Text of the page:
5. The case against both defendants was listed for trial beginning on 14 December 1999. At the outset, the second defendant renewed an application to strike out the claim against her, which had been made earlier but not determined. The Recorder granted that application and adjourned the claim against the first defendant employers. He held that there was no tort of harassment at common law before the enactment of the Protection from Harassment Act 1997, which does not have retrospective effect; he further held that the complaints made against the second defendant could not amount to the tort of intentional infliction of harm under the principle in Wilkinson v Downton. In reaching that decision, he excluded the assault on 9 March, because of s 45 of the Offences against the Person Act 1861; he also excluded the threat on 20 February because the appellant conceded to him that it had not been the cause of her trauma.

  6. At that stage, the appellant was acting in person, legal aid having been withdrawn. Before us, she has been represented under the pro bono scheme run by the Royal Courts of Justice Advice Bureau, by Mr Matthew Chapman of counsel. He has argued her case before us as well as it could possibly be argued and we are most grateful to him, and to the bureau and the scheme, for their help with some difficult but important issues of law.


  7. As every law student knows, the common law distinguished between an action in trespass and an action upon the case. Trespass to the person consisted in the direct infliction of harm (or the threat of the immediate infliction of such harm) upon the claimant. But the law recognised that physical harm might be inflicted indirectly. If intentional, this was the tort recognised by the High Court in Wilkinson v Downton [1897] 2 QB 57 and confirmed by the Court of Appeal in Janvier v Sweeney [1919] 2 KB 316. If negligent, it was eventually recognised as the tort of negligence in Donoghue v Stevenson [1932] AC 562.

  8. In Wilkinson v Downton, the defendant did not intend to cause physical harm to the claimant. He intended to play a particularly nasty practical joke upon her. He told her, knowing that it was not true but meaning her to believe them, that her husband had had an accident returning from the races in a wagonette, had broken both his legs, was lying in a public house in Leytonstone, and wished the claimant to go at once with a cab and some pillows to fetch him home. She suffered a violent shock to her nervous system, producing vomiting and other more serious and permanent physical consequences at one time threatening her reason, and entailing weeks of suffering for her and expense to her husband. Wright J found in her favour:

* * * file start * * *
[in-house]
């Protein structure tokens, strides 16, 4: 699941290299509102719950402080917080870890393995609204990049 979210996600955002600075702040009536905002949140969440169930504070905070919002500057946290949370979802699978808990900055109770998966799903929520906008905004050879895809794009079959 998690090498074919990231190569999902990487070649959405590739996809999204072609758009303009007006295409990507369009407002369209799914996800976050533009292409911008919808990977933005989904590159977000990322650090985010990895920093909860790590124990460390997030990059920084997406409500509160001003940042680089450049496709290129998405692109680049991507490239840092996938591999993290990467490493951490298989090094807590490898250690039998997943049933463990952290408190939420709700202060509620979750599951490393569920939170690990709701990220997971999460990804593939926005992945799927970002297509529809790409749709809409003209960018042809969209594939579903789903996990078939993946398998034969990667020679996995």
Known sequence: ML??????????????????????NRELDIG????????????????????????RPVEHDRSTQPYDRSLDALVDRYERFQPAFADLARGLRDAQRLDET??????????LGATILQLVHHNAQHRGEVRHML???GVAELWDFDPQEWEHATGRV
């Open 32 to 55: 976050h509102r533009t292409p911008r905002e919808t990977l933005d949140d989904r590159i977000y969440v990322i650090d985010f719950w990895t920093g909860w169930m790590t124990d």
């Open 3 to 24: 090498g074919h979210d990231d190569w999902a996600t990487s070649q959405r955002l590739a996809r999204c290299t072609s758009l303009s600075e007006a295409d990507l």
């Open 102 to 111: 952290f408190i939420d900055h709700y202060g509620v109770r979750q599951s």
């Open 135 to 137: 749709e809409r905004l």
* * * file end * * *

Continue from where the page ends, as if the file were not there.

The defendant has .... wilfully done an act calculated to cause physical harm to the plaintiff that is to say, to infringe her legal right to personal safety, and has in fact thereby caused physical harm to her. That proposition without more appears to me to state a good cause of action, there being no justification alleged for the act. This wilful injuria is in law malicious, although no malicious purpose to cause the harm which was caused nor any motive of spite is imputed to the defendant.

    It remains to consider whether the assumptions involved in the proposition are made out. One question is whether the defendant's act was so plainly calculated to produce some effect of the kind which was produced that an intention to produce it ought to be imputed to the defendant, regard being had to the fact that the effect was produced on a person proved to be in an ordinary state of health and mind. I think that it was. It is difficult to imagine that such a statement, made suddenly and with apparent seriousness, could fail to produce grave effects under the circumstances upon any but an exceptionally indifferent person, and therefore an intention to produce such an effect must be imputed, and it is no answer in law to say that more harm was done than anticipated, for that is commonly the case with all wrongs.